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Breathing Underwater: The Most Important Findings From Our Dissolved Oxygen Study

Updated: Jan 19

Fish Welfare Initiative recently conducted a study where we observed six fish farming ponds with known dissolved oxygen (DO) issues. 


The aim of this two-month observational study was to understand the depth of DO challenges and unearth the potential factors driving these conditions. It offers our most detailed window yet into some of the worst suffering that happens in Indian aquaculture farms.


FWI data collectors Manikanta and Ghandi collecting data for the study.


Key Findings

  • Water Quality: DO was within acceptable only ranges 23% of the time in the morning and 32% of the time in the evening. Indian Major Carp (the species of fish being farmed in this study) are able to tolerate poor DO levels, but the persistence with which poor DO was experienced likely meant that fish were significantly stressed, as they were unable to recover. This was made worse by the prevalence of other water quality issues such as ammonia (42% within acceptable levels) and pH (63% within acceptable levels).

  • Biomass: A surprisingly strong relationship was observed between fish biomass and DO levels. Higher biomass, particularly noted before “harvesting” (when fish are taken from farms to be sold to market), was often linked with lower DO levels. This relationship highlights the toll that overstocking can take, as fish consume oxygen in higher amounts than the system is able to generate.

  • Phytoplankton: Phytoplankton blooms also appeared to be a cause of DO issues, though it appeared to be less important than fish biomass.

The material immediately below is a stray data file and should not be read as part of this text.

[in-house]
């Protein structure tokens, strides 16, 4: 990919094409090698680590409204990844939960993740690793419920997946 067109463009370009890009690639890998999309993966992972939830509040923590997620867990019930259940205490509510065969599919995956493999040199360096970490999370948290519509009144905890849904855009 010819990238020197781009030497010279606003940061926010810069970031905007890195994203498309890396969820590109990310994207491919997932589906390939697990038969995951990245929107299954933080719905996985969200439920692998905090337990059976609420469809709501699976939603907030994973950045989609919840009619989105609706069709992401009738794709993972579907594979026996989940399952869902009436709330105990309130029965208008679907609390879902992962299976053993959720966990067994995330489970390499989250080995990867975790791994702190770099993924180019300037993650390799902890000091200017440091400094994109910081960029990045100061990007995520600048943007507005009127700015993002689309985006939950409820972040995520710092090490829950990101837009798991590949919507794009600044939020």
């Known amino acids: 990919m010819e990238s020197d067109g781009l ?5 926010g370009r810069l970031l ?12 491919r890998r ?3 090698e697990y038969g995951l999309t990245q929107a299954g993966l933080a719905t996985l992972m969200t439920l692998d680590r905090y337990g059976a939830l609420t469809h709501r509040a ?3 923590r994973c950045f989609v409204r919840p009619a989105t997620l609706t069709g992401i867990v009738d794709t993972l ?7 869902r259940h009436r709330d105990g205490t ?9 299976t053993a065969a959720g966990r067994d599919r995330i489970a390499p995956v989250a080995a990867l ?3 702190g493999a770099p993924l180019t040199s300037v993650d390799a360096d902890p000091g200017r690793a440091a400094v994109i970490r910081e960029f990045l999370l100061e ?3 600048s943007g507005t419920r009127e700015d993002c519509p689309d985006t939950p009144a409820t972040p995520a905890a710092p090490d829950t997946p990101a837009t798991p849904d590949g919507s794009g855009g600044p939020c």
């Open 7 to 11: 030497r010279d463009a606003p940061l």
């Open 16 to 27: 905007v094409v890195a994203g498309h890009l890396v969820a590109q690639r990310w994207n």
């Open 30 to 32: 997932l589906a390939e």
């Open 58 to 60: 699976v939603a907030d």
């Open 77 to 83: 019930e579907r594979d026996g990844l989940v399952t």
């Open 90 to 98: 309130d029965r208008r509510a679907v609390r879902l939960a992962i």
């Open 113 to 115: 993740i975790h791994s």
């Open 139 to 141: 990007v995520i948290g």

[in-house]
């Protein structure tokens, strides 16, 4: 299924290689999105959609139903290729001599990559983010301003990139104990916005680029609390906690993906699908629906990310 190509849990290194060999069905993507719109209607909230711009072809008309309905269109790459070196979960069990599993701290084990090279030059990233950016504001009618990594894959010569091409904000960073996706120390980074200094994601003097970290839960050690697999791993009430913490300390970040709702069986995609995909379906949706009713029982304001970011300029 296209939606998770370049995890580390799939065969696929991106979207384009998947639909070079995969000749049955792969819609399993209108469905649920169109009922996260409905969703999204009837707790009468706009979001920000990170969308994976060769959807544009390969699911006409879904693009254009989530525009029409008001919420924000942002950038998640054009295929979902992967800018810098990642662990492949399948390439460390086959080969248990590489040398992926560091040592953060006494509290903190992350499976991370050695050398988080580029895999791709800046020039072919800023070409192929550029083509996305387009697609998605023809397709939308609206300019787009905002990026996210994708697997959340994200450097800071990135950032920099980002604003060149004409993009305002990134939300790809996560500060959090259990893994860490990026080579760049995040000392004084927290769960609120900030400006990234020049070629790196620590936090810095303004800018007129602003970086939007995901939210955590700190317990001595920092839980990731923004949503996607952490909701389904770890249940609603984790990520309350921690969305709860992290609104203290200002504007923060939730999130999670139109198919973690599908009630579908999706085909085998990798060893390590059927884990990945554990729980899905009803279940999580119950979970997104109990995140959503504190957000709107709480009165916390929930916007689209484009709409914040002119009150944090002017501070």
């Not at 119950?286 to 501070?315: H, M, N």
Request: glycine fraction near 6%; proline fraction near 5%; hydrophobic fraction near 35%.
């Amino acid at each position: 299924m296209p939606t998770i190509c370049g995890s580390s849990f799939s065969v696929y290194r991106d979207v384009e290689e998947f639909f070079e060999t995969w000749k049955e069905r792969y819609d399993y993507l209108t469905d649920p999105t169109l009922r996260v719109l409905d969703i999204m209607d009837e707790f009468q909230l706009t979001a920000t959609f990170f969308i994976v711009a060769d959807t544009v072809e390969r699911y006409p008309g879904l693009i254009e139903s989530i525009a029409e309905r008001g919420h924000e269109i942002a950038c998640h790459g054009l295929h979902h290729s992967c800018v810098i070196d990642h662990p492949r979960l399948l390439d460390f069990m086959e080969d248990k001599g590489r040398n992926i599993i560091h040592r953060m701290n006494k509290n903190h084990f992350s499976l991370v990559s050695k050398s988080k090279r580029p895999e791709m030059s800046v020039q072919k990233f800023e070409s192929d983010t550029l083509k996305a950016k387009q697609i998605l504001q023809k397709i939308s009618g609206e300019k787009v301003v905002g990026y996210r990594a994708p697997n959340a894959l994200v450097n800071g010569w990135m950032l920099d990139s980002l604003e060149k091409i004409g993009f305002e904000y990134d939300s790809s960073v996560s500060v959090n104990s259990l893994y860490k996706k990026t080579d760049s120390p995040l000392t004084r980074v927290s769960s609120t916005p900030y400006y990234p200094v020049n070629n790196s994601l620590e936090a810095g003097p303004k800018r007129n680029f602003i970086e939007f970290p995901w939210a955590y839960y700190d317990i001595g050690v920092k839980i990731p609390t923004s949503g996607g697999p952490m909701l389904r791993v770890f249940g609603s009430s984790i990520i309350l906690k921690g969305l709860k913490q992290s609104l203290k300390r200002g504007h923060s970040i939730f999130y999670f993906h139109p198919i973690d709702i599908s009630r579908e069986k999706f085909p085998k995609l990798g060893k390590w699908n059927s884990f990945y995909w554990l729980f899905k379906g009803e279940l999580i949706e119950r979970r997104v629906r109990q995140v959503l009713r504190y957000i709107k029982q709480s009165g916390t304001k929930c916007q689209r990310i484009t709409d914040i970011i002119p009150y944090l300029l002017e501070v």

• Gasping: Notably, fish gasping events – a dire sign of oxygen deprivation – tended to occur when DO levels dipped below 1 mg/L and ammonia levels increased above 0.5 mg/L (which happened 6 times during the study). This is evidence that these two stressors combine into one of the most harmful experiences for fish.


Implications

These results tell us a few things. A deeper assessment of these fish farming ponds with known DO issues shows that fish likely suffer perpetually in such conditions, both from DO itself and from further water quality problems (ammonia especially), which in concert with DO are likely very stressful for fish. More speculatively, we may compare this to severe respiratory problems in humans (such as those caused by a motor neuron disease), where “The person has great difficulty walking even short distances or climbing any stairs, feels tired when at rest, and is anxious” (The Institute For Health Metrics And Evaluation gave this condition a Disability Weight of 0.4).


These findings help to confirm our beliefs that more attention is needed on these farms, and shows that not all fish farming ponds are equal in their level of suffering caused.


Also, these results seem to show that FWI might have been wrong to focus as much on phytoplankton, and that biomass may also need to be a key part of improving DO levels. We will continue to think more about the implications this should have for the Alliance for Responsible Aquaculture and for our R&D department.


We believe these findings highlight the importance of a deep understanding of what animals are experiencing on farms. Even now after two years of operation in India, we are still learning vital information on how we may best help fish on Indian farms. 


If you are interested in seeing our comprehensive insights, you can read our full report here. Thank you to all of those who made this research project possible.


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